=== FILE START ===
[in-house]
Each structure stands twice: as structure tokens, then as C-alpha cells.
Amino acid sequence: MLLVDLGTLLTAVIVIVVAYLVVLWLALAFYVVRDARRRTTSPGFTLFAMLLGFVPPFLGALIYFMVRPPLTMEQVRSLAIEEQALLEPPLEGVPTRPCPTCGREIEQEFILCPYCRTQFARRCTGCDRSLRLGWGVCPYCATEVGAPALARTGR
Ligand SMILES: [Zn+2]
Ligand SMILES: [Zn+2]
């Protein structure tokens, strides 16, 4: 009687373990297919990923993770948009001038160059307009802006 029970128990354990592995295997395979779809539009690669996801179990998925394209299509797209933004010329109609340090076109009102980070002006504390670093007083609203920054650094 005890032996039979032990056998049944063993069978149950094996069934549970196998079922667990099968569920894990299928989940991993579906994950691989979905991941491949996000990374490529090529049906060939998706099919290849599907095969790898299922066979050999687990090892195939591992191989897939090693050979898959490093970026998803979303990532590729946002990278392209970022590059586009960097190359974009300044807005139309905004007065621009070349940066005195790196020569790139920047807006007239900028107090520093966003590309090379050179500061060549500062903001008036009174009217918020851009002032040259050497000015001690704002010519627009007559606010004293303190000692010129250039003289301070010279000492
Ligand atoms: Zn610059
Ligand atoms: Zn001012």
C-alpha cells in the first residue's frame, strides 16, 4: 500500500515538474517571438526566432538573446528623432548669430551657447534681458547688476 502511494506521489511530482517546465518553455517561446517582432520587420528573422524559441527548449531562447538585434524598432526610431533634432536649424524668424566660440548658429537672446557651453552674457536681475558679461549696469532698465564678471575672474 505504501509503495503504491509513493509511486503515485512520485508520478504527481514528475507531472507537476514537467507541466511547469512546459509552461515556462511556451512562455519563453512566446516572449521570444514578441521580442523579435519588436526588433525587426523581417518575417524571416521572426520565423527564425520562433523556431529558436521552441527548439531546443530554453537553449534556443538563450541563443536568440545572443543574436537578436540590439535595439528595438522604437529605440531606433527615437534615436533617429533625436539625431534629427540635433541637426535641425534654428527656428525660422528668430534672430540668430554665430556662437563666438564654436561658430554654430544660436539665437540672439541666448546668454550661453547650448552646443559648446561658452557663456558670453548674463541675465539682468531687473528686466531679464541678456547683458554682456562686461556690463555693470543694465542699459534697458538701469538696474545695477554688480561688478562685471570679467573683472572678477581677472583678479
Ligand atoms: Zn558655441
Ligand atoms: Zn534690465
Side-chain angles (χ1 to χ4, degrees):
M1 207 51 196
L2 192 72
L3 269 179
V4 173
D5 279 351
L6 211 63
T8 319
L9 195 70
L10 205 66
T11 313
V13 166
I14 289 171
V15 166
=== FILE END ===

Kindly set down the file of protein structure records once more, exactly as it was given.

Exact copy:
[in-house]
Each structure stands twice: as structure tokens, then as C-alpha cells.
Amino acid sequence: MLLVDLGTLLTAVIVIVVAYLVVLWLALAFYVVRDARRRTTSPGFTLFAMLLGFVPPFLGALIYFMVRPPLTMEQVRSLAIEEQALLEPPLEGVPTRPCPTCGREIEQEFILCPYCRTQFARRCTGCDRSLRLGWGVCPYCATEVGAPALARTGR
Ligand SMILES: [Zn+2]
Ligand SMILES: [Zn+2]
């Protein structure tokens, strides 16, 4: 009687373990297919990923993770948009001038160059307009802006 029970128990354990592995295997395979779809539009690669996801179990998925394209299509797209933004010329109609340090076109009102980070002006504390670093007083609203920054650094 005890032996039979032990056998049944063993069978149950094996069934549970196998079922667990099968569920894990299928989940991993579906994950691989979905991941491949996000990374490529090529049906060939998706099919290849599907095969790898299922066979050999687990090892195939591992191989897939090693050979898959490093970026998803979303990532590729946002990278392209970022590059586009960097190359974009300044807005139309905004007065621009070349940066005195790196020569790139920047807006007239900028107090520093966003590309090379050179500061060549500062903001008036009174009217918020851009002032040259050497000015001690704002010519627009007559606010004293303190000692010129250039003289301070010279000492
Ligand atoms: Zn610059
Ligand atoms: Zn001012």
C-alpha cells in the first residue's frame, strides 16, 4: 500500500515538474517571438526566432538573446528623432548669430551657447534681458547688476 502511494506521489511530482517546465518553455517561446517582432520587420528573422524559441527548449531562447538585434524598432526610431533634432536649424524668424566660440548658429537672446557651453552674457536681475558679461549696469532698465564678471575672474 505504501509503495503504491509513493509511486503515485512520485508520478504527481514528475507531472507537476514537467507541466511547469512546459509552461515556462511556451512562455519563453512566446516572449521570444514578441521580442523579435519588436526588433525587426523581417518575417524571416521572426520565423527564425520562433523556431529558436521552441527548439531546443530554453537553449534556443538563450541563443536568440545572443543574436537578436540590439535595439528595438522604437529605440531606433527615437534615436533617429533625436539625431534629427540635433541637426535641425534654428527656428525660422528668430534672430540668430554665430556662437563666438564654436561658430554654430544660436539665437540672439541666448546668454550661453547650448552646443559648446561658452557663456558670453548674463541675465539682468531687473528686466531679464541678456547683458554682456562686461556690463555693470543694465542699459534697458538701469538696474545695477554688480561688478562685471570679467573683472572678477581677472583678479
Ligand atoms: Zn558655441
Ligand atoms: Zn534690465
Side-chain angles (χ1 to χ4, degrees):
M1 207 51 196
L2 192 72
L3 269 179
V4 173
D5 279 351
L6 211 63
T8 319
L9 195 70
L10 205 66
T11 313
V13 166
I14 289 171
V15 166